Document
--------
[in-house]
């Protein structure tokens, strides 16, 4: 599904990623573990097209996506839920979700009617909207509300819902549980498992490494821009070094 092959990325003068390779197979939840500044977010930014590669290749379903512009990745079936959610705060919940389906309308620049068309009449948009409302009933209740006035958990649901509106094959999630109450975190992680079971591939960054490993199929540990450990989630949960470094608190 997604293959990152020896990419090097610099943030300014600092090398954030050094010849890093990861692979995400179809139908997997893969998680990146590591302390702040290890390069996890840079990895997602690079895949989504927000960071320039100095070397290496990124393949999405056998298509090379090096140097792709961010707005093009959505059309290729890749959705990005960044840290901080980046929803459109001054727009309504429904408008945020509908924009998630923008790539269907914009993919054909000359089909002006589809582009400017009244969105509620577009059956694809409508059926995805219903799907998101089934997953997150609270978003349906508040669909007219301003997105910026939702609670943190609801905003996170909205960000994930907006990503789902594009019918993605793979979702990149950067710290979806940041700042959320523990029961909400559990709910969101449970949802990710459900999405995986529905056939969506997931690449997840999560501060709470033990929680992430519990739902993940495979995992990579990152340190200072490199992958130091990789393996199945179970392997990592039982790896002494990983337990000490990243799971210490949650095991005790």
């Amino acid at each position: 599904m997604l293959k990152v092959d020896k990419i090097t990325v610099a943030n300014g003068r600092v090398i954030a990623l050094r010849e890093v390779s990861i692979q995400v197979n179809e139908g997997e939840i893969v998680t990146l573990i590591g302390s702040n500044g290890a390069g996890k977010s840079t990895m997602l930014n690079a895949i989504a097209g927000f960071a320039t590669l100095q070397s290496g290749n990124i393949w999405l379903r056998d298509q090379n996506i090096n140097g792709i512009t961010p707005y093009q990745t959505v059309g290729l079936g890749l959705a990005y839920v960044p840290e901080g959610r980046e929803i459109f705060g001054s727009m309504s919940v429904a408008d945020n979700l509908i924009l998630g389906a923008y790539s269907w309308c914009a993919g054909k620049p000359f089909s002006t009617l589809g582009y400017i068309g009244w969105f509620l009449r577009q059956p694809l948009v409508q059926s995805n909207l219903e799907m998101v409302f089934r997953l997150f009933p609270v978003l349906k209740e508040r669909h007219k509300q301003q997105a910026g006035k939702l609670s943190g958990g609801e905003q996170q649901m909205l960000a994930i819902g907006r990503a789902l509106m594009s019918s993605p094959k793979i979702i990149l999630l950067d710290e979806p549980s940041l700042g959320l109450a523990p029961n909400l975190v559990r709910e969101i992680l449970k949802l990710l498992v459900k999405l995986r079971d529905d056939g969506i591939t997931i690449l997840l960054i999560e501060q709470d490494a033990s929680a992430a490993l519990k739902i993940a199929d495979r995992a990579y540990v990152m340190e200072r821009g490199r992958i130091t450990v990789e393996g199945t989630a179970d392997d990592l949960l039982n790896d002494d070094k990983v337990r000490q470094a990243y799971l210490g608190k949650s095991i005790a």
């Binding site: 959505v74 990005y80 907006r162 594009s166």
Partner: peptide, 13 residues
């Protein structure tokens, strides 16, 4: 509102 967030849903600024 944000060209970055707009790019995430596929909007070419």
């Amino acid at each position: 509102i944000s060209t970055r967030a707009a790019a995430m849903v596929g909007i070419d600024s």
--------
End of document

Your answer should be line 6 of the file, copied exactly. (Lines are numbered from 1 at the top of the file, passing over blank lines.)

């Protein structure tokens, strides 16, 4: 509102 967030849903600024 944000060209970055707009790019995430596929909007070419």